Bruni: Devin Nunes so deep in the tank for Trump he needs scuba gear


Rep. Devin Nunes obviously fancies himself Jason Bourne. To sneak onto the White House grounds for that rendezvous with an unnamed source, he switched cars and ditched aides, vanishing into the night.

But Sen. Lindsey Graham, R-S.C., sees a different character. Graham said on the “Today” show on March 28 that Nunes was bumbling his way through something of an “Inspector Clouseau investigation,” a reference to the fantastically inept protagonist of the “Pink Panther” comedies.

I salute Graham’s movie vocabulary. I quibble with his metaphor. While Clouseau was a benign fool, there’s nothing benign about Nunes’ foolishness.

As chairman of the House Intelligence Committee, Nunes, R-Calif., is a principal sleuth in the paramount inquiry into whether members of the Trump campaign colluded with Russia, and from all appearances, he either doesn’t want to know the answer or has determined it already — in President Donald Trump’s favor.

Democrats are rightly calling on him to recuse himself. As Graham summoned the specter of Clouseau, Sen. John McCain, R-Ariz., said on “CBS This Morning” that “something’s got to change.”

“Otherwise,” he continued, “the whole effort in the House of Representatives will lose credibility.”

But Nunes was defiant when asked on March 28 whether he would continue, saying, “Why would I not?”

Oh, many reasons.

Let’s start here: His committee isn’t supposed to be a partisan arm of the majority party. And any collusion with the White House is a betrayal of its special oversight role.

But Nunes is so deep in the tank for Trump that he needs scuba gear. It’s Trump’s gratitude that he’s after, not the truth.

When politicians upbraided Trump for his baseless accusations about the wiretapping of Trump Tower, Nunes swooped in to say, “I don’t think we should attack the president for tweeting.” But Twitter was hardly the issue. The president’s paranoid hallucinations were.

When FBI Director James Comey appeared before Nunes’ committee to confirm his agency’s investigation into Trump-Russia ties, Nunes changed the subject, going on about leaks, leaks, leaks. He sounded more like a plumber than a politician.

And when Nunes gathered reporters two days later, it was to say that he’d seen secret documents suggesting that people around Trump may indeed have been subject to surveillance by our government.

This was Nunes at his most irresponsible.

Last week we learned that Nunes got that information during that rendezvous, details of which he has not provided to his fellow committee members, just as he failed to share the information itself with Democrats on the committee before he went public with it.

A Republican insider who once worked closely with him described him to me as an “overeager goofball” who can’t see “the line between ingratiating and stupid.”

“No one is asking him to bring the potato salad to the Mensa picnic,” my source said.

Salad and more salad: Sean Spicer, the White House press secretary, complained to reporters on March 28 that “if the president puts Russian salad dressing on his salad tonight, somehow that’s a Russian connection.”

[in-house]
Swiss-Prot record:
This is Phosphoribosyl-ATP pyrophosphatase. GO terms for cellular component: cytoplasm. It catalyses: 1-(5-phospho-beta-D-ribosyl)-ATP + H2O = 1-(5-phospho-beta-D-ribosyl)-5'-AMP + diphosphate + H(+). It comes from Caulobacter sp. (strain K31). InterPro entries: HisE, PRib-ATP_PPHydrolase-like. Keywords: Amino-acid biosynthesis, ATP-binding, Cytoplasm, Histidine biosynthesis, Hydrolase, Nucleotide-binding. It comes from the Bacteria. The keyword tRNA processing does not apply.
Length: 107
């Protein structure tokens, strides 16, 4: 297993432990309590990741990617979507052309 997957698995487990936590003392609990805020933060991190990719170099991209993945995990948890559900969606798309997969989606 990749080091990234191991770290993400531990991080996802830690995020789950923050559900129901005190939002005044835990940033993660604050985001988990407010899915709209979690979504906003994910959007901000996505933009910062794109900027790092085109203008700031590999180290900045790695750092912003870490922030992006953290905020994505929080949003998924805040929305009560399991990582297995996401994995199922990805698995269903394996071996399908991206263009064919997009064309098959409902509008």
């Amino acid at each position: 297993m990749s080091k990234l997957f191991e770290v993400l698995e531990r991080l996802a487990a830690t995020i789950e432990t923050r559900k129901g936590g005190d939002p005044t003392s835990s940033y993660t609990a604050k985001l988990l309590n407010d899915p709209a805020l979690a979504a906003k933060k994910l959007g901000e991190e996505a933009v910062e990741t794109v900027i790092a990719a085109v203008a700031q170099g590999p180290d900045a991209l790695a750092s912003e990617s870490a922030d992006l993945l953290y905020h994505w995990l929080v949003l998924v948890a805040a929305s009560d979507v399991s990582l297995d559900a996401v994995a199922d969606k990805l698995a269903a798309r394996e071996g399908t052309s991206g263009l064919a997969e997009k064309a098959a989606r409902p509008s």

Spicer is right that we’re obsessed with Russia, wrong that it’s as random as condiments. We’re obsessed because every signal from the administration and its allies is that they don’t want us looking, and Nunes’ Bourne identity is the most glaring signal of all.

If Trump and his associates have nothing to hide, why all the cloak and dagger? And why such clumsiness?



Reader Comments ...


Next Up in Opinion

Opinion: What should we fight for?

“We will never accept Russia’s occupation and attempted annexation of Crimea,” declaimed Rex Tillerson last week in Vienna. “Crimea-related sanctions will remain in place until Russia returns full control of the peninsula to Ukraine.” Tillerson’s principled rejection of the seizure of land by military force &mdash...
COMMENTARY: Alabama, sweet home of progress

Alabama. Who knew it would become one of the most beautiful words in American politics? It turns out there could have been no better place to test the limits of indecency, the limits of Trumpism, the limits of Republican partisanship and, yes, the limits of racial subjugation. If the angry ideology of the far right cannot make it in one of our most...
Opinion: For the holidays, pull a tooth or save a life

Happy holidays! In the spirit of the season, here’s a suggestion: Instead of inflicting a garish tie on your brother or a carcinogenic face cream on your aunt, how about saving a life? It’s time for my annual “gifts with meaning” guide, with suggestions for presents that won’t just clog a chest of drawers. Consider a $20...
Opinion: Let’s liberate blacks from harmful left-wing politics

A new Quinnipiac University poll shows yet another perspective on the deep racial division in our country. According to the poll, 86 percent of blacks compared to 50 percent of whites say that President Trump does not “respect people of color as much as he respects white people.” However the partisan divide is even greater than the racial...
Letters Educating children is every taxpayer’s concern
Letters Educating children is every taxpayer’s concern

Educating children is everyone’s concern This is a response to the letter-writer who feels that we seniors shouldn’t have to pay school taxes because we don’t have children in school: I gladly paid school taxes on Long Island, New York, after my children were grown and before retiring to Boynton Beach. Why? Because my children&rsquo...
More Stories